QuickBooks Online reaches 100K customer milestone
Intuit Inc. announced that QuickBooks®: Online Edition has 110,000 subscribed companies, with more than 270,000 individual users. This more than 400 percent increase, from 21,000 companies in 2004, makes QuickBooks Online the leading software-as-a-service financial management tool for small business. The rapid growth reflects QuickBooks Online’s path in ushering in a new software-as-a-service era focused on serving small business needs.
The success of QuickBooks Online results from its ability to combine the hallmark ease of use of QuickBooks desktop software with the flexibility of a software-as-a-service model. QuickBooks Online lets small business owners easily start managing their finances with an intuitive workflow and easy-to-understand language, such as “Money In” instead of “Accounts Receivable.” Users also have the freedom and flexibility of anywhere, anytime access, easier collaboration with employees working remotely, and features that automatically work around the clock such as online banking, reoccurring billing, backup and updates.
Should questions arise, QuickBooks Online’s innovative customer support system saves time by letting business owners submit questions online and receive a quick call back with the right answer. As their needs change, QuickBooks Online users can also access a family of Intuit small business offerings such as Online Payroll or Merchant Account Services as well as tap into a supportive community of 250,000 accountants and millions of like-minded entrepreneurs.
As a result, QuickBooks Online has revolutionized the lives of thousands of small business owners who can’t imagine life without it. In fact, on average a QuickBooks Online user has recommended the product nearly four times in the last year. And, with the proliferation of broadband Internet, QuickBooks Online’s rapid growth is expected to continue as more small business owners feel comfortable using software-as-a-service tools.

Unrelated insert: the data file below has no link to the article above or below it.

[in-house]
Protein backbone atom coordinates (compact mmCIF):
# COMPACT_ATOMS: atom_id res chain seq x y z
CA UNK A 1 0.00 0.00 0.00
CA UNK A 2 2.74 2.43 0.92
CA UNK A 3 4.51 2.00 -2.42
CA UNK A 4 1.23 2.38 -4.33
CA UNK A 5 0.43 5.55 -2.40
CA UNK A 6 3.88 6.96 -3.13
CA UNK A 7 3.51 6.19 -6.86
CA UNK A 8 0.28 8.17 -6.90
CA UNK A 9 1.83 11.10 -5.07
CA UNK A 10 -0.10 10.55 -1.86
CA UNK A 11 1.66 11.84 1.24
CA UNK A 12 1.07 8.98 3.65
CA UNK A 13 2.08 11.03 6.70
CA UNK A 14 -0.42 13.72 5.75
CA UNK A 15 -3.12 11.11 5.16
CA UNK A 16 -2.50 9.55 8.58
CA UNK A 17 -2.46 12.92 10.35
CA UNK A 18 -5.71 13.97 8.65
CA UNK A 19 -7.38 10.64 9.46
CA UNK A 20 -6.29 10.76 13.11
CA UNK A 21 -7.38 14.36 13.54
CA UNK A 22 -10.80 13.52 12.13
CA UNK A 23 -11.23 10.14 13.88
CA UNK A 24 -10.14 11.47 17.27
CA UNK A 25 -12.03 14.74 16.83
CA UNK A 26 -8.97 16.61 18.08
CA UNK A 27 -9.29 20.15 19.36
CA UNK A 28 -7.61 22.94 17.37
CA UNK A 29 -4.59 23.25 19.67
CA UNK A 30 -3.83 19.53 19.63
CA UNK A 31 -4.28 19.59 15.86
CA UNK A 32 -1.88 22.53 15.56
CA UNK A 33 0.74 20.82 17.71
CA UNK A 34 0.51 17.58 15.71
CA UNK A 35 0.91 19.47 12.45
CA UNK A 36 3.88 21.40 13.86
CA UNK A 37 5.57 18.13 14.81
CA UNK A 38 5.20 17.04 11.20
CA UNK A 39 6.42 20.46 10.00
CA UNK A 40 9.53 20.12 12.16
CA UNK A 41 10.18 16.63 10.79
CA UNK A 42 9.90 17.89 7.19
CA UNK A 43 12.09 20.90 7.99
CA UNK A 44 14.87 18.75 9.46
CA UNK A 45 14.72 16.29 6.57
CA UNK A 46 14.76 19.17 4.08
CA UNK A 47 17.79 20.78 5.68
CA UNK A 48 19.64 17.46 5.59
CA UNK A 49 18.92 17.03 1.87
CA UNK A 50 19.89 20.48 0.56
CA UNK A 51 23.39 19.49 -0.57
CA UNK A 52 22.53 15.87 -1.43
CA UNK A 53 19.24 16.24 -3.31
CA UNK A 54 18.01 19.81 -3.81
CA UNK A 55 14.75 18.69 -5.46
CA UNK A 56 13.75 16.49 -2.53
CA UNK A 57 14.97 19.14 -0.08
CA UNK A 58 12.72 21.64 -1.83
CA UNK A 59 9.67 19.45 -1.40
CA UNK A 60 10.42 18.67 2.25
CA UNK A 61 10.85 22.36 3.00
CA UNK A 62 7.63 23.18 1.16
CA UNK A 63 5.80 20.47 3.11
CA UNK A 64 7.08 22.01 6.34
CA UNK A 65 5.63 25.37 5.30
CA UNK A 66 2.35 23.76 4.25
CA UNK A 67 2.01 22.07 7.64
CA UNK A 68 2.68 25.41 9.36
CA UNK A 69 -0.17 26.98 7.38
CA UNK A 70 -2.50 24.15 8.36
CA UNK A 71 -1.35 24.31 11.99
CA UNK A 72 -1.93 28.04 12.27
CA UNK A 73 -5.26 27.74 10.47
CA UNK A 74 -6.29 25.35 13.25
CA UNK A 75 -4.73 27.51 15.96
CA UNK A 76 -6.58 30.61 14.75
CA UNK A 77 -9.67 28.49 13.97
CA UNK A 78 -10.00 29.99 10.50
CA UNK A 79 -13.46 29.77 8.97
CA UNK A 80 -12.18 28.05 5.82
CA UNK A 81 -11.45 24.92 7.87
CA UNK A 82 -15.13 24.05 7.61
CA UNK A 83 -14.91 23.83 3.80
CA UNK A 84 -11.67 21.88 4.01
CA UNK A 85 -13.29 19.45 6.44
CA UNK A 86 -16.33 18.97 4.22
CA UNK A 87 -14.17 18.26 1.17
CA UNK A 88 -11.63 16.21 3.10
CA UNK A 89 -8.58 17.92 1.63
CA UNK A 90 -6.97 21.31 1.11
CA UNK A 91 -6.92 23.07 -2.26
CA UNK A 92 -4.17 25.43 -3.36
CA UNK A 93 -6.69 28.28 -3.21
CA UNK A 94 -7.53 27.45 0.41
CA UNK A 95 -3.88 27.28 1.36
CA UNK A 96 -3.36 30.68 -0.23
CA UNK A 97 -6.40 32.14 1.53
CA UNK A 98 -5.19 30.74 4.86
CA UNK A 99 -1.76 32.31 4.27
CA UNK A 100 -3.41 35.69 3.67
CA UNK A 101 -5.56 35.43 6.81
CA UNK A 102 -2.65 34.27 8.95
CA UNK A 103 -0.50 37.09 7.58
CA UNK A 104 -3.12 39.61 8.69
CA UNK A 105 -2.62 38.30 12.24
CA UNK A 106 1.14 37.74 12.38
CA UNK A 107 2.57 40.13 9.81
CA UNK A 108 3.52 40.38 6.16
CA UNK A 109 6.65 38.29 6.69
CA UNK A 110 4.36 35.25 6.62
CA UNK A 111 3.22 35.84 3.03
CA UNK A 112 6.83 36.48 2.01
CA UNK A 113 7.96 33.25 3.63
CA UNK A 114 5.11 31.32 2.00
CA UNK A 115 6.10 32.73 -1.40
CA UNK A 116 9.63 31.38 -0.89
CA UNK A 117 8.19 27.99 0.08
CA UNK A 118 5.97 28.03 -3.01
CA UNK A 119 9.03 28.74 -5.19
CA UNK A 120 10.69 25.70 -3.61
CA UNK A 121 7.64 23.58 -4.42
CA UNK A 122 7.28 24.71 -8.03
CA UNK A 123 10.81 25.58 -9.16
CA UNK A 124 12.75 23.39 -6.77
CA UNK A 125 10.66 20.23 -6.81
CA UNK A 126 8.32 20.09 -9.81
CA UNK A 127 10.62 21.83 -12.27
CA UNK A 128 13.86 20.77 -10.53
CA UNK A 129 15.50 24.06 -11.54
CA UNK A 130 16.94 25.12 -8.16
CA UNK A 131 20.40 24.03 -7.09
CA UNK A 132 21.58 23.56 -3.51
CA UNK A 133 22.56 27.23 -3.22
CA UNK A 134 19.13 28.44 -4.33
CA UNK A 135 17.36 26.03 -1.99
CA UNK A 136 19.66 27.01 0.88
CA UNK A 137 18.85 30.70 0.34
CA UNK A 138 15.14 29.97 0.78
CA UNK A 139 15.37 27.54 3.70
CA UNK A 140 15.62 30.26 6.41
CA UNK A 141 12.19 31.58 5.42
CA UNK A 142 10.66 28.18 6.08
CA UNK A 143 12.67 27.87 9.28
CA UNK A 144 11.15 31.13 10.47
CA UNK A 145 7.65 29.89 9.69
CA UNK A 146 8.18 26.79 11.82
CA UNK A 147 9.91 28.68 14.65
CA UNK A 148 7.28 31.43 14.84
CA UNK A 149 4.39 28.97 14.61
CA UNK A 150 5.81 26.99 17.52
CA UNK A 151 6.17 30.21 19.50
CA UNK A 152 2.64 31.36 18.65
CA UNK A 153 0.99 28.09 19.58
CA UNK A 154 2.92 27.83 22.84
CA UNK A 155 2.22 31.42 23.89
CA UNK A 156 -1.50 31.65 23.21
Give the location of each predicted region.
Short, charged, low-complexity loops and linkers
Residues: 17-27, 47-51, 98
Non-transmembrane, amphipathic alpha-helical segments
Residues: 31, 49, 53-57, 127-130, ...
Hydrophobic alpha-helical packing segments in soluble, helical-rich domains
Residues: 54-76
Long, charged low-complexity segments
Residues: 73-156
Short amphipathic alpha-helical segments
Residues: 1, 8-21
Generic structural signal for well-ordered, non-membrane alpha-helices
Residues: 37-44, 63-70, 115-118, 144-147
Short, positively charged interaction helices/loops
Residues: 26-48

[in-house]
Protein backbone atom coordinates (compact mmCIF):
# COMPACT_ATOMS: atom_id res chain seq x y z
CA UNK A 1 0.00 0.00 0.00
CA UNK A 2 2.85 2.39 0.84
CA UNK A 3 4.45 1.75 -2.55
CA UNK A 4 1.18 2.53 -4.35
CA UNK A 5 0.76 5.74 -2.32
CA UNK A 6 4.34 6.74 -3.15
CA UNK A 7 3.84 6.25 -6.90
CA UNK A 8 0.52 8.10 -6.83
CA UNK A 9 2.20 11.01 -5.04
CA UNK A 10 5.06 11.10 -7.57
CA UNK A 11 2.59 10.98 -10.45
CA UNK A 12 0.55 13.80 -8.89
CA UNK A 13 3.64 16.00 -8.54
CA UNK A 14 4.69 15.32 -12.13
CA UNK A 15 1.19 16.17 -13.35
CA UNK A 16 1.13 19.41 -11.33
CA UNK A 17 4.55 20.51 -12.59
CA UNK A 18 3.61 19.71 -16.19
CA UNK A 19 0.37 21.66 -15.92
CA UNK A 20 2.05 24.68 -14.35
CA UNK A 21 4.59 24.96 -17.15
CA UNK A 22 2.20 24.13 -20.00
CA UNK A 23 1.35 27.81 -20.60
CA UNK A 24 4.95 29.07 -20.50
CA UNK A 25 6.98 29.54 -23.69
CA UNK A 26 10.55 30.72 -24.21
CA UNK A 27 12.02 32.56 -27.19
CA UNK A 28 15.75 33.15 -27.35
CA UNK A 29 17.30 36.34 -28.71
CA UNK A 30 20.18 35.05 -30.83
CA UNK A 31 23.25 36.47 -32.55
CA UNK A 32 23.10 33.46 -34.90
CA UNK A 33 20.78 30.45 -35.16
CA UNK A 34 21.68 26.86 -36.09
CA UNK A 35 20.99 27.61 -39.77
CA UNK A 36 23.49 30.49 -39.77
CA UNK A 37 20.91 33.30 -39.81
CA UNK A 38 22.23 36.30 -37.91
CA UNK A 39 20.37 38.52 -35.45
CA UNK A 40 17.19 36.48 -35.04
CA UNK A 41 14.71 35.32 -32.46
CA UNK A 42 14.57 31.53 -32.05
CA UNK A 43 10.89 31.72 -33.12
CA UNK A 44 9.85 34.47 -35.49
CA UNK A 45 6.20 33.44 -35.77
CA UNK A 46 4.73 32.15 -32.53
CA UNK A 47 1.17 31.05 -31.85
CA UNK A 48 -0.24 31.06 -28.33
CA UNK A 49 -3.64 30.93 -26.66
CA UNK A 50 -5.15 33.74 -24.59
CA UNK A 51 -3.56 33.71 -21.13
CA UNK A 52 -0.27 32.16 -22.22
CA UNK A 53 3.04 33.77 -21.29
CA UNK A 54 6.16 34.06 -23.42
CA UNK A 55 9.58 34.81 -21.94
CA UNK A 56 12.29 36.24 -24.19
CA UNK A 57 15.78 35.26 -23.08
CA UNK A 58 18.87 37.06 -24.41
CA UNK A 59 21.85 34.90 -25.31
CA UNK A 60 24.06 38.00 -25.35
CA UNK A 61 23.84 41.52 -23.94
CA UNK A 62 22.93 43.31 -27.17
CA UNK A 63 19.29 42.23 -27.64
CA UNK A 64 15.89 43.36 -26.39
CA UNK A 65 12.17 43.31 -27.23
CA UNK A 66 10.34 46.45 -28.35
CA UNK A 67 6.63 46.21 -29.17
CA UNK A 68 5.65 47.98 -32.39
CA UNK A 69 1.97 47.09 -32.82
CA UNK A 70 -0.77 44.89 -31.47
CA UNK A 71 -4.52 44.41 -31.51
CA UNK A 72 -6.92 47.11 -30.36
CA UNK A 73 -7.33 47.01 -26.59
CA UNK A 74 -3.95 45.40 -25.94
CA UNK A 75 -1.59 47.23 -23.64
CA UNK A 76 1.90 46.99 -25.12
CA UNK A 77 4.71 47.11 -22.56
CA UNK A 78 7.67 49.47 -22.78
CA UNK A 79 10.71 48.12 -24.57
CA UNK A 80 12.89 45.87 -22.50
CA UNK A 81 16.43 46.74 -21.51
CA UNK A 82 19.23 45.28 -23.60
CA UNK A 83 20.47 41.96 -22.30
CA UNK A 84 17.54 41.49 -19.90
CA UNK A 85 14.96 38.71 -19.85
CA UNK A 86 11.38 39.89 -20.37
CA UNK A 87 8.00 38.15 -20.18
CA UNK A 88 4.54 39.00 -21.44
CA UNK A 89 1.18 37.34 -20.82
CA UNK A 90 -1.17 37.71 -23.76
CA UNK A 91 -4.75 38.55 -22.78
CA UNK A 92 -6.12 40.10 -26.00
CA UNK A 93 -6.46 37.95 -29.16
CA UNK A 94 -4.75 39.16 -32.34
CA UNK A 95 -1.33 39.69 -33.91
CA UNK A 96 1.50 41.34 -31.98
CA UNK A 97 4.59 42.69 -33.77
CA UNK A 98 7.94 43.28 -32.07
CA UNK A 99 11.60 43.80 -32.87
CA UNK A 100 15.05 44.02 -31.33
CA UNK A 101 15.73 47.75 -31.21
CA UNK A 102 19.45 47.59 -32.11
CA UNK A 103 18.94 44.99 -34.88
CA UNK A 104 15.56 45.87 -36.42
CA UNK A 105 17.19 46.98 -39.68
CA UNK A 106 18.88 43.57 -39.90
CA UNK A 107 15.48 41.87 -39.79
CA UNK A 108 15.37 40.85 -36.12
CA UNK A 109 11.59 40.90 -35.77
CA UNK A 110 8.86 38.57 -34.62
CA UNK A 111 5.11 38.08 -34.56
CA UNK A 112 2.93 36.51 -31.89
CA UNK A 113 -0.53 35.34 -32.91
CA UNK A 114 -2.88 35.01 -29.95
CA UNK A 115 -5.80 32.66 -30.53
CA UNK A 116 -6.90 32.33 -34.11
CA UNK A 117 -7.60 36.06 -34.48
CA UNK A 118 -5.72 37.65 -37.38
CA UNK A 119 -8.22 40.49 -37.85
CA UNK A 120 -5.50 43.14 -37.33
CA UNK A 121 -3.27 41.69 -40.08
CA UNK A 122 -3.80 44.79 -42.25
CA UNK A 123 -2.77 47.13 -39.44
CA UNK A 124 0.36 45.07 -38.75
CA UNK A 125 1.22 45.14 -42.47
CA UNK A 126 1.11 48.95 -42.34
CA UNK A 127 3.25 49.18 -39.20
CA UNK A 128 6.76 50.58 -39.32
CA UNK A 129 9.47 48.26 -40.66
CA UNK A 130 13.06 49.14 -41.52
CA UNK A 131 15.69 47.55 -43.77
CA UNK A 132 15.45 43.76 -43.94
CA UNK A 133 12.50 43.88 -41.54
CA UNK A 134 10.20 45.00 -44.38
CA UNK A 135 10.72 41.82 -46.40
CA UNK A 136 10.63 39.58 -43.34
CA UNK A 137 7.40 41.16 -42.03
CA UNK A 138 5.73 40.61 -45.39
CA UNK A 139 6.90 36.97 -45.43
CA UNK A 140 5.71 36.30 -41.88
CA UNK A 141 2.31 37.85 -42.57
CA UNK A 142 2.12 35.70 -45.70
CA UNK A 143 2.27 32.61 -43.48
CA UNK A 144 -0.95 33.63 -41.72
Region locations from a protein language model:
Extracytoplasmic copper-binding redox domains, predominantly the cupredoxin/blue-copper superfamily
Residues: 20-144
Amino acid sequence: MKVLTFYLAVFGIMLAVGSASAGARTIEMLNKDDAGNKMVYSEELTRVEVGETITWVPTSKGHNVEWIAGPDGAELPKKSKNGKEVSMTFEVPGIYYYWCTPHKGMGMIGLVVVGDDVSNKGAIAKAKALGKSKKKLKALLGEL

“Small businesses are beginning to appreciate the benefits of software as a service, which lets them pay for what they need, and can add capabilities with ease,” said Merle Sandler, senior research analyst at IDC. “This avoids initial license fees which helps cash flow. In addition, small firms typically don't have IT staff to help with the installation and maintenance of software, leaving small business owners free to concentrate on running their businesses. ”
Voice of the Editor
Which isn’t completely true. I mean, occasionally I drop by when I manage to sneak out of the nonstop frat party over at Going Concern, but I’m mostly a wallflower over there. I’m happy to say that I’ve been given express permission (or explicit orders, if you like) to wander over here to AccountingWEB more often.
Why is that, you might ask? My job is to replace the irreplaceable Gail Perry as Editor-in-Chief. What does that mean? I don’t really know! I think it’ll be fun getting a feel for things, throwing in my own thoughts here and there, and listening to the discussions you’re having about the accounting profession.